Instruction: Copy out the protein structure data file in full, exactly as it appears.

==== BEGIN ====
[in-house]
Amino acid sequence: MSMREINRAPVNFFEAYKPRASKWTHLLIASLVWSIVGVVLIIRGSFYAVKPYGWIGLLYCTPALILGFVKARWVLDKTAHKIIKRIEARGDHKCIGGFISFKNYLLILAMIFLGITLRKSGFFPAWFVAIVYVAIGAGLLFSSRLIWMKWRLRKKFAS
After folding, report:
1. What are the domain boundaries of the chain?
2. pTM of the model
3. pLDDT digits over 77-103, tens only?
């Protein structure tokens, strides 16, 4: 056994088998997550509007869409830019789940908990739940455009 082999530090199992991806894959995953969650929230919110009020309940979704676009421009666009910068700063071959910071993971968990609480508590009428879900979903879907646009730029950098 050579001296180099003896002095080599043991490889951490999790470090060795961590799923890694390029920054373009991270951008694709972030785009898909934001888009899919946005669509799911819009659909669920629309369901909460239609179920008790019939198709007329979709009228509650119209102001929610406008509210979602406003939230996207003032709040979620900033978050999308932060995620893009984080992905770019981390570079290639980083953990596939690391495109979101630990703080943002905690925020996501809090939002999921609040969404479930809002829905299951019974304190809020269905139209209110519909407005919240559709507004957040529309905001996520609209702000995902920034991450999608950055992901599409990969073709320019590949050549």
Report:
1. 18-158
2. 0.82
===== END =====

[in-house]
Amino acid sequence: MSMREINRAPVNFFEAYKPRASKWTHLLIASLVWSIVGVVLIIRGSFYAVKPYGWIGLLYCTPALILGFVKARWVLDKTAHKIIKRIEARGDHKCIGGFISFKNYLLILAMIFLGITLRKSGFFPAWFVAIVYVAIGAGLLFSSRLIWMKWRLRKKFAS
After folding, report:
1. What are the domain boundaries of the chain?
2. pTM of the model
3. pLDDT digits over 77-103, tens only?
């Protein structure tokens, strides 16, 4: 056994088998997550509007869409830019789940908990739940455009 082999530090199992991806894959995953969650929230919110009020309940979704676009421009666009910068700063071959910071993971968990609480508590009428879900979903879907646009730029950098 050579001296180099003896002095080599043991490889951490999790470090060795961590799923890694390029920054373009991270951008694709972030785009898909934001888009899919946005669509799911819009659909669920629309369901909460239609179920008790019939198709007329979709009228509650119209102001929610406008509210979602406003939230996207003032709040979620900033978050999308932060995620893009984080992905770019981390570079290639980083953990596939690391495109979101630990703080943002905690925020996501809090939002999921609040969404479930809002829905299951019974304190809020269905139209209110519909407005919240559709507004957040529309905001996520609209702000995902920034991450999608950055992901599409990969073709320019590949050549």
Report:
1. 18-158
2. 0.82